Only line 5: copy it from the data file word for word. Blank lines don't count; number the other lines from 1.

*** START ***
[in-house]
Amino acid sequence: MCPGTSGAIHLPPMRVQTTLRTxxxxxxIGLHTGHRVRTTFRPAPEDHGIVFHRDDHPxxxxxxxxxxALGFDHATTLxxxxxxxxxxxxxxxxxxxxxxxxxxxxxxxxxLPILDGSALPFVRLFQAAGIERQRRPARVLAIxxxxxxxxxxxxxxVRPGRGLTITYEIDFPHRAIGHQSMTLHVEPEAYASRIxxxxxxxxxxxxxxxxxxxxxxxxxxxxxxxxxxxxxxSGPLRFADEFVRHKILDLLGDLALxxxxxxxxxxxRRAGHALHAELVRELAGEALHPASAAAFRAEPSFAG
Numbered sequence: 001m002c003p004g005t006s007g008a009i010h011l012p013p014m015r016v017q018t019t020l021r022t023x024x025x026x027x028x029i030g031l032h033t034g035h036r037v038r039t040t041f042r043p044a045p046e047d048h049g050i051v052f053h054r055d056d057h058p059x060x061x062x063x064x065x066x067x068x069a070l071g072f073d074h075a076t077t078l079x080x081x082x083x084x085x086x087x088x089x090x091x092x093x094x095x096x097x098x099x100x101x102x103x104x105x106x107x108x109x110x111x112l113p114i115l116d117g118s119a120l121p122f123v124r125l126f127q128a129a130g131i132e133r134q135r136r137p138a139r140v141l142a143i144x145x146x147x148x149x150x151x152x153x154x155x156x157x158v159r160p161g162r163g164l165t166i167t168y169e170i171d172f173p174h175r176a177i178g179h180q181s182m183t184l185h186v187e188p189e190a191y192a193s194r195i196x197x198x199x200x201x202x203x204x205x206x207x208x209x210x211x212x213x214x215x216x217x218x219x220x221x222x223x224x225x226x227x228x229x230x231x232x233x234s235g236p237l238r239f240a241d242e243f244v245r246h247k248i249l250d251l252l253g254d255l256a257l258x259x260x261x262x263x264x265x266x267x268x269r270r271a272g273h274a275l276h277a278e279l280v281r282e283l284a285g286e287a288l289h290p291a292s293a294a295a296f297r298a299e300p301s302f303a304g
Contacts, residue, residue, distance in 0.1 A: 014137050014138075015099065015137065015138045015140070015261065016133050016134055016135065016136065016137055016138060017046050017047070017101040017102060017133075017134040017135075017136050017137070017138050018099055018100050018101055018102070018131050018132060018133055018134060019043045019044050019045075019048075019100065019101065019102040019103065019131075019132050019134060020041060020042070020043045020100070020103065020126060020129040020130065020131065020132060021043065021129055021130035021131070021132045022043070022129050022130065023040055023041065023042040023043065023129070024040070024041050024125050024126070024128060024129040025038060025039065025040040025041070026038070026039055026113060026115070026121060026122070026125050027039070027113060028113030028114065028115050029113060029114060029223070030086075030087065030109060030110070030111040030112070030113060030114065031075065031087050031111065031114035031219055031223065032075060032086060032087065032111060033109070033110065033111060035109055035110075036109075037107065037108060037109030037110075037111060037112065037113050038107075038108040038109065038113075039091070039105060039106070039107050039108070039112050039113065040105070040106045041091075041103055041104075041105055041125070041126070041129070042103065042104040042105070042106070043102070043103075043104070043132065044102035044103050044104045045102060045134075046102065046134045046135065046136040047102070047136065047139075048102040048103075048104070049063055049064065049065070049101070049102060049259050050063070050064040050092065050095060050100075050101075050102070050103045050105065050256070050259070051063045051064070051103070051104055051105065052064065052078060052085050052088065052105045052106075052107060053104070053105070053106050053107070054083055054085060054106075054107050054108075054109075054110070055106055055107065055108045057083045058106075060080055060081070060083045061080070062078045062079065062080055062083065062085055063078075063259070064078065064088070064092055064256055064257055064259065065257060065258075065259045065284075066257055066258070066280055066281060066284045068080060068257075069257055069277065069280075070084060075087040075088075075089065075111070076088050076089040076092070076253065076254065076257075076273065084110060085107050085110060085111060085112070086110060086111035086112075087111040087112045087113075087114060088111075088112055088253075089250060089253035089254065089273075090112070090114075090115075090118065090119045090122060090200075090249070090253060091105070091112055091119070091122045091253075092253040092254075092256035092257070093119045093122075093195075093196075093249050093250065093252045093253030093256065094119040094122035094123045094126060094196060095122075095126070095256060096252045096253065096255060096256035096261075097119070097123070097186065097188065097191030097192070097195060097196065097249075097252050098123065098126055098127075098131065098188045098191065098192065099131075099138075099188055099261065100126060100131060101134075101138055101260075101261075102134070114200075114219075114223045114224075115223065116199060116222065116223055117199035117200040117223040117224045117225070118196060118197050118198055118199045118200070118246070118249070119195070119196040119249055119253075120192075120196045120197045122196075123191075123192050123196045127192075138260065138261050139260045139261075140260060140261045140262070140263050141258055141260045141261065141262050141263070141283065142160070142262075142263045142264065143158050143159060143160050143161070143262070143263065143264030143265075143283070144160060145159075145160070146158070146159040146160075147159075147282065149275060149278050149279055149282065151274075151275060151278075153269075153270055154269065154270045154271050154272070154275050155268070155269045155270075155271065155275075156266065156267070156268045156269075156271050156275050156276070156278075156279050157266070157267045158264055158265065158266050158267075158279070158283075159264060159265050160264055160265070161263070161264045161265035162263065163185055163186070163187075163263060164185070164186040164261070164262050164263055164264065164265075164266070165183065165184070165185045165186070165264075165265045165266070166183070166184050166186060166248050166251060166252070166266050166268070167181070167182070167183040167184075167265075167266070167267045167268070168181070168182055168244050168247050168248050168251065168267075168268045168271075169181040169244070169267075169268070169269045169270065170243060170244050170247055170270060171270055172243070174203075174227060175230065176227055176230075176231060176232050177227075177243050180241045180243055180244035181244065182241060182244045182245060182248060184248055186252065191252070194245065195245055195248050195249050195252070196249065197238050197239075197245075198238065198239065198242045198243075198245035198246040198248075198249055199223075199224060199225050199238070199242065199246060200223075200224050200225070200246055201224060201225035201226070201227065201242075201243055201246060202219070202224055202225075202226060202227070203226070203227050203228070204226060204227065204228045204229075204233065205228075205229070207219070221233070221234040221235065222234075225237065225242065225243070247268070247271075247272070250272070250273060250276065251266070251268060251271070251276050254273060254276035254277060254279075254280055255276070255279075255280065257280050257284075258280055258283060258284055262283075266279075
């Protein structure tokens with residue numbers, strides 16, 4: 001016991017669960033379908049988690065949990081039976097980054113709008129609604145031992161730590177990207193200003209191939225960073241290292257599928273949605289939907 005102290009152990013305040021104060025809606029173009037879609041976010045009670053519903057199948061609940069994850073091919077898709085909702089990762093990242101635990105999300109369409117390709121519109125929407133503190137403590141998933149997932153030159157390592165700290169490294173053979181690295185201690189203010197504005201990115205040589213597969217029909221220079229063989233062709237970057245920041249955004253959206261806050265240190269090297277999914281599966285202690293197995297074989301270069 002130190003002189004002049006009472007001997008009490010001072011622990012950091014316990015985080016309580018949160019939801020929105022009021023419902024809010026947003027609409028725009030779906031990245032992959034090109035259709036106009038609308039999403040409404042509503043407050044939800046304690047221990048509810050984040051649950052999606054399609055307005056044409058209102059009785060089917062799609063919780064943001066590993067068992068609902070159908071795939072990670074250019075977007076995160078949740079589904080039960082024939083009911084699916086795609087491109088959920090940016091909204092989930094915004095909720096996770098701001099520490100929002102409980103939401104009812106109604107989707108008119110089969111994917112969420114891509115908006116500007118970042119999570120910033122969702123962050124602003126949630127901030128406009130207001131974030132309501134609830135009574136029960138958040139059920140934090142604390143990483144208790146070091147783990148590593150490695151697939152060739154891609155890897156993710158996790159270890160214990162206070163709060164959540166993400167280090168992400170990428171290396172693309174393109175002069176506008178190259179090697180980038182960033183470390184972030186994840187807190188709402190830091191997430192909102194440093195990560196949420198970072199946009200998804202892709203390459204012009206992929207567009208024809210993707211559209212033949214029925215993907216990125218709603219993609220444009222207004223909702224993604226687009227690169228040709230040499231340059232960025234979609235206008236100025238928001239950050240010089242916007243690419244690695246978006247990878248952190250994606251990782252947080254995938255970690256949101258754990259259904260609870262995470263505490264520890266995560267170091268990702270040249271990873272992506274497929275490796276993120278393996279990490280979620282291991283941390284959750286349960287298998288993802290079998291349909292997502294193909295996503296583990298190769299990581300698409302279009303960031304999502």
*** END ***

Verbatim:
């Protein structure tokens with residue numbers, strides 16, 4: 001016991017669960033379908049988690065949990081039976097980054113709008129609604145031992161730590177990207193200003209191939225960073241290292257599928273949605289939907 005102290009152990013305040021104060025809606029173009037879609041976010045009670053519903057199948061609940069994850073091919077898709085909702089990762093990242101635990105999300109369409117390709121519109125929407133503190137403590141998933149997932153030159157390592165700290169490294173053979181690295185201690189203010197504005201990115205040589213597969217029909221220079229063989233062709237970057245920041249955004253959206261806050265240190269090297277999914281599966285202690293197995297074989301270069 002130190003002189004002049006009472007001997008009490010001072011622990012950091014316990015985080016309580018949160019939801020929105022009021023419902024809010026947003027609409028725009030779906031990245032992959034090109035259709036106009038609308039999403040409404042509503043407050044939800046304690047221990048509810050984040051649950052999606054399609055307005056044409058209102059009785060089917062799609063919780064943001066590993067068992068609902070159908071795939072990670074250019075977007076995160078949740079589904080039960082024939083009911084699916086795609087491109088959920090940016091909204092989930094915004095909720096996770098701001099520490100929002102409980103939401104009812106109604107989707108008119110089969111994917112969420114891509115908006116500007118970042119999570120910033122969702123962050124602003126949630127901030128406009130207001131974030132309501134609830135009574136029960138958040139059920140934090142604390143990483144208790146070091147783990148590593150490695151697939152060739154891609155890897156993710158996790159270890160214990162206070163709060164959540166993400167280090168992400170990428171290396172693309174393109175002069176506008178190259179090697180980038182960033183470390184972030186994840187807190188709402190830091191997430192909102194440093195990560196949420198970072199946009200998804202892709203390459204012009206992929207567009208024809210993707211559209212033949214029925215993907216990125218709603219993609220444009222207004223909702224993604226687009227690169228040709230040499231340059232960025234979609235206008236100025238928001239950050240010089242916007243690419244690695246978006247990878248952190250994606251990782252947080254995938255970690256949101258754990259259904260609870262995470263505490264520890266995560267170091268990702270040249271990873272992506274497929275490796276993120278393996279990490280979620282291991283941390284959750286349960287298998288993802290079998291349909292997502294193909295996503296583990298190769299990581300698409302279009303960031304999502």